The New Normal
Sunday night I shoved my body against an injured goat and pinned her to the barn. She screamed angrily at me as I shook bright blue blood stop powder down onto the wound that leaked into her eyes and down her neck. The sound of four other goats slamming their bodies against the fence for a good view competed with the sound of an angry Jolene. She bucked and bleated. It was near pitch darkness, and I could only make out the outline of her head and smell the pungent metallic scent of blood. This wasn’t working. So for the first time, I’d have to bring a goat inside the house. I’m surprised it hasn’t happened sooner.
I jogged towards the house knowing she’d follow me. A well-loved goat forgives her owner quickly, and she trotted along behind me. Still screaming. Annoyed and bleating. I opened the door to the mud room and she ambled in, instantly mesmerized by the assorted shoes she could sample, the dirty laundry bin she could raid for something possibly delicious. “JEREMYYY!” I screamed down the hallway, “NEED GOAT HELP. NOW. HELP. NOW.” In under a minute he appeared at the door, yawned, stretched. What would it be this time?
With his help and the light, we cornered the frustrated animal whose little horn bud (called scurs, if you’re interested) ripped off in her pregnancy-hormone fueled attack against the baby buckling we’d brought home that evening. She was mad at the intruder, then mad the horn ripped off, then mad that I tried to doctor it, then mad that I was petting her, then mad that I wasn’t. That’s goats for you. We finally wiped her face, applied the powder and wound spray. The bleeding stopped, and she was given a cookie for (relatively) good behavior. Since then, Jolene’s decided she rather likes the baby buckling who we’ve named Atlas. My sister said his belly looks like an interpretive map of the world, and since I’m all out of creative energy, the name stuck. Cleaning up later, I wiped the bloody hand print off the blood stop powder container and scrubbed my hands that were stained purple and blue for two days. The blood that soaked into my favorite jeans appears permanent so they’ve been added to the pile of “farm clothes” that’s slowly doubled over the course of this year.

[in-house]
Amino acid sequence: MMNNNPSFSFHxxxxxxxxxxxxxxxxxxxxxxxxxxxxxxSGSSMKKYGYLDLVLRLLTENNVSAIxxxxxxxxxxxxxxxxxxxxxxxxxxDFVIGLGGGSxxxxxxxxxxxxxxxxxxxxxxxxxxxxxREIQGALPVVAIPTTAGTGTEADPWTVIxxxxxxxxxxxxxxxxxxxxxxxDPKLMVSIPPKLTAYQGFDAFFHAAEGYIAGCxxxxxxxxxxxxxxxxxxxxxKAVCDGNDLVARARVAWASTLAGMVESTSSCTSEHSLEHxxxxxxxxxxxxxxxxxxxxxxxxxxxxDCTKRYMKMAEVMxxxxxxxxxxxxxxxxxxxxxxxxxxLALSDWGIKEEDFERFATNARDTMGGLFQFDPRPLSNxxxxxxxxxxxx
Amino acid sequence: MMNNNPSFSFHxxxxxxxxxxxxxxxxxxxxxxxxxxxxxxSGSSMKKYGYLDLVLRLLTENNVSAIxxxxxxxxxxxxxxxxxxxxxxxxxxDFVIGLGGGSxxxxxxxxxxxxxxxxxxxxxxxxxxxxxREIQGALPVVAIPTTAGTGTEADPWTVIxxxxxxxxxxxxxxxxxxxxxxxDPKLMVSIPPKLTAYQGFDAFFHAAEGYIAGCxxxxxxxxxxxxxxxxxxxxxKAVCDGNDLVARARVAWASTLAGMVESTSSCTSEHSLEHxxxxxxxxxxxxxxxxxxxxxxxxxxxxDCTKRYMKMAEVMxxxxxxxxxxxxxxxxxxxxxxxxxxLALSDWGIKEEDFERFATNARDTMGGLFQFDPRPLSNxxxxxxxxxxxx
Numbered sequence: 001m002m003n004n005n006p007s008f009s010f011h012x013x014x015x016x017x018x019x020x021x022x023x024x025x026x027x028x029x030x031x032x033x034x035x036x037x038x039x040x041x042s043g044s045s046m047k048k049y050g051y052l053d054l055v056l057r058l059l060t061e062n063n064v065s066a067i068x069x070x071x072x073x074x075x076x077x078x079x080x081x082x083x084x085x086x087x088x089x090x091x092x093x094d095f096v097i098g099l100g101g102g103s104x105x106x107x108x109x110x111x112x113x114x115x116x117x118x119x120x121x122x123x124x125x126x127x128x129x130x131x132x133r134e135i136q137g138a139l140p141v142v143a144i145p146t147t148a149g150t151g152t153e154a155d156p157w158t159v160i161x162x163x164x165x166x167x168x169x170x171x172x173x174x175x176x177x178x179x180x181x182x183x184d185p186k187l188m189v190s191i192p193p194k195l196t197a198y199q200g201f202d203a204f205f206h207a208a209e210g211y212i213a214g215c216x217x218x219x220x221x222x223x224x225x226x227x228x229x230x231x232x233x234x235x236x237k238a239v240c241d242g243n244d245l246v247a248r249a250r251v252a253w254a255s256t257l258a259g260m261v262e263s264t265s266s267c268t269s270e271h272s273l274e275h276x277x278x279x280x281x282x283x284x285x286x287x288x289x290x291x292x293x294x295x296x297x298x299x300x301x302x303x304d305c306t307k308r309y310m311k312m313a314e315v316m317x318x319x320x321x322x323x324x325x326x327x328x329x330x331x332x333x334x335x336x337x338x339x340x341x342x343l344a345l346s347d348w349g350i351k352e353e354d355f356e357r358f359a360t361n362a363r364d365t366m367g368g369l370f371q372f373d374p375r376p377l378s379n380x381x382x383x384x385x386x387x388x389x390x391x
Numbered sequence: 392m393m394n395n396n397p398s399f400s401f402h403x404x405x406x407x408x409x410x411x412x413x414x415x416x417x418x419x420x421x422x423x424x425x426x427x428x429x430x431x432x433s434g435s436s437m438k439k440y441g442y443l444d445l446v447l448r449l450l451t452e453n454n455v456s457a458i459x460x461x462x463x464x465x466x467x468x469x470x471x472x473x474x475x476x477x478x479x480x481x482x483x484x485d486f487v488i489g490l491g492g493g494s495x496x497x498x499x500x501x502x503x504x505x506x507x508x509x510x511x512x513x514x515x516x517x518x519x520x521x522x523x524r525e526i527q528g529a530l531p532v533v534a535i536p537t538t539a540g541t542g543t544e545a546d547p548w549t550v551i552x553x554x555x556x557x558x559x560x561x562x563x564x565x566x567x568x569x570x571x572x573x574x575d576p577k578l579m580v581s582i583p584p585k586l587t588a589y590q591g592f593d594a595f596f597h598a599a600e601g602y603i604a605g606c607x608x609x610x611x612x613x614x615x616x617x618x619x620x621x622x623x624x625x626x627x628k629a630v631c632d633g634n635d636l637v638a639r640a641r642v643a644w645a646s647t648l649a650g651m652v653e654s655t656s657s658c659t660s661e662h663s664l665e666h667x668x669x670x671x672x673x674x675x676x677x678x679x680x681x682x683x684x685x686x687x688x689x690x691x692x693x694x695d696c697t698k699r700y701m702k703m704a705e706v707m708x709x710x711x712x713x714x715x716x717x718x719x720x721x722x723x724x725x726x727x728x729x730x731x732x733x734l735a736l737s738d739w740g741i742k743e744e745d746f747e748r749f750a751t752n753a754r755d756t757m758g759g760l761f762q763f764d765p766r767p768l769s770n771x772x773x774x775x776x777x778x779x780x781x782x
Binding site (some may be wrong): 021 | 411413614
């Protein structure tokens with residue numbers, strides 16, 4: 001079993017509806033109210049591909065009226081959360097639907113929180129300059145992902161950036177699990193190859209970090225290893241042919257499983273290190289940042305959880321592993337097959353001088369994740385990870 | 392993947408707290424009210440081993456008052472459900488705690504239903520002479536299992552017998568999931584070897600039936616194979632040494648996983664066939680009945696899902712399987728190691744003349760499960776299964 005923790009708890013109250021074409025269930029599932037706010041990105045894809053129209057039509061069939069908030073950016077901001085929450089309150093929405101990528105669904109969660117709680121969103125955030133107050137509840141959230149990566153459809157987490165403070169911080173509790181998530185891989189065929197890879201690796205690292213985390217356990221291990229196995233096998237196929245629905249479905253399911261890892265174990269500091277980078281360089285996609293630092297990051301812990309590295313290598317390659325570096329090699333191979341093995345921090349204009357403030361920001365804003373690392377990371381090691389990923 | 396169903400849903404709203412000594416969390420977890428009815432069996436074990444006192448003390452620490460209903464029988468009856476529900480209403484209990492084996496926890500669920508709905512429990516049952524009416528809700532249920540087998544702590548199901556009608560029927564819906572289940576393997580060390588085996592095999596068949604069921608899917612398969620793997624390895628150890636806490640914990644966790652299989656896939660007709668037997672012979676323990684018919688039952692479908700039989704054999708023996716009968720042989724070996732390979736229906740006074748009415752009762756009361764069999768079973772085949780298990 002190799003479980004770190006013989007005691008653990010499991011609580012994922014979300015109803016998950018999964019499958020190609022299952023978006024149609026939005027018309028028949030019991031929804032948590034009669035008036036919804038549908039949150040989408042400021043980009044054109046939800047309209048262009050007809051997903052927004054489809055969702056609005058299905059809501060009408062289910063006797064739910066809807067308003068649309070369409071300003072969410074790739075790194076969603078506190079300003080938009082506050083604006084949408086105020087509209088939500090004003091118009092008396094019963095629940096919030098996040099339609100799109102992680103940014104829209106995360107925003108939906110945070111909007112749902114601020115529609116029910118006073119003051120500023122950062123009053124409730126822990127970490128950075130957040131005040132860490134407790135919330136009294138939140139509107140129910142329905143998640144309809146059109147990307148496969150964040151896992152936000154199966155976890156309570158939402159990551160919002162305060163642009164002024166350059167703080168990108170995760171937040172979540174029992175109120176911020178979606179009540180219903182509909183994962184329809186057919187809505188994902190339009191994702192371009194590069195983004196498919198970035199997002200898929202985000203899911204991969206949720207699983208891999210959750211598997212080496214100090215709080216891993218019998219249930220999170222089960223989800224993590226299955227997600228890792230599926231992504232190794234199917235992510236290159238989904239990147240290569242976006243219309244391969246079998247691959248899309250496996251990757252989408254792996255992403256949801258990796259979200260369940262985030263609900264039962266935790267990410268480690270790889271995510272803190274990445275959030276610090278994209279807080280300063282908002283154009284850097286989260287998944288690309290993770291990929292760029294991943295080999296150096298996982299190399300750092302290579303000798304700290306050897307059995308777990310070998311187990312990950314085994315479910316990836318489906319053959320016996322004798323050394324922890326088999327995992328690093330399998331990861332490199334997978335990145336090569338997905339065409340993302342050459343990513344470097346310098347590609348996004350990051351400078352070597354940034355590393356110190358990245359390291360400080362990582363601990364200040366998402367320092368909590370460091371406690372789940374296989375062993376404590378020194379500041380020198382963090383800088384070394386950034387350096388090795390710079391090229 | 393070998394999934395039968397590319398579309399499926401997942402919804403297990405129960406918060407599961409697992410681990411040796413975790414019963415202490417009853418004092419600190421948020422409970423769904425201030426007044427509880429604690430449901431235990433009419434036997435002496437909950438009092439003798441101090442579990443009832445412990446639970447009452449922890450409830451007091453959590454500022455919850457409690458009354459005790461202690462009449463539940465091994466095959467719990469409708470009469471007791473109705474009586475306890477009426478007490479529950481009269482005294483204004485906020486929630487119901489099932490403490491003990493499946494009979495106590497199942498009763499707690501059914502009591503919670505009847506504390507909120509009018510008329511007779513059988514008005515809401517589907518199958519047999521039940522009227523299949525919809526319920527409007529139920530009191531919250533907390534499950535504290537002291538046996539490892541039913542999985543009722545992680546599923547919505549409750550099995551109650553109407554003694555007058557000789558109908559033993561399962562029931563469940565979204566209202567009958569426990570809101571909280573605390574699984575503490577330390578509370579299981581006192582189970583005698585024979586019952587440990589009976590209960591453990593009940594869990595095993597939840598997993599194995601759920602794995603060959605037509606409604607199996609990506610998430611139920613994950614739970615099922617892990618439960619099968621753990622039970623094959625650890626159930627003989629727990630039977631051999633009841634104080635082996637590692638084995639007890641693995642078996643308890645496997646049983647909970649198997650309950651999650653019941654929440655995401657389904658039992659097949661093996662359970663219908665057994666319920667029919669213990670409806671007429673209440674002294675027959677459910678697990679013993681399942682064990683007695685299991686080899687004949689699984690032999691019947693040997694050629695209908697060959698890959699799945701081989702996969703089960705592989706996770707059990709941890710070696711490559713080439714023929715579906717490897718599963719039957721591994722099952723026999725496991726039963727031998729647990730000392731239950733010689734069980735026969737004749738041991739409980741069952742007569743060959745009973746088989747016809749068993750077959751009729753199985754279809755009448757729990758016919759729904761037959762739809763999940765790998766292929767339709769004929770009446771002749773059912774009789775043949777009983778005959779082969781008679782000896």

And that’s how this week began and continued. I had a feeling it would be a doozy between the addition of a new goat, my aggressive attempts to extract milk from the cow, and a rather dodgy work situation – the combination of all this mixing as well as oil and water. Add to the drama two guard puppies (one in particular) who have decided that enough is enough and it was about damn time to sample a chicken. So we lost another to our own dogs, and although the hawk attacks have subsided, the coyotes have picked up where they left off. The addition of cows in our pasture has lured chickens out to pick through the resulting cow patties – a wonderful little system. However, it’s made the coyote’s work easy. Too easy. They simply lounge in the brush and pounce when a hen gets close.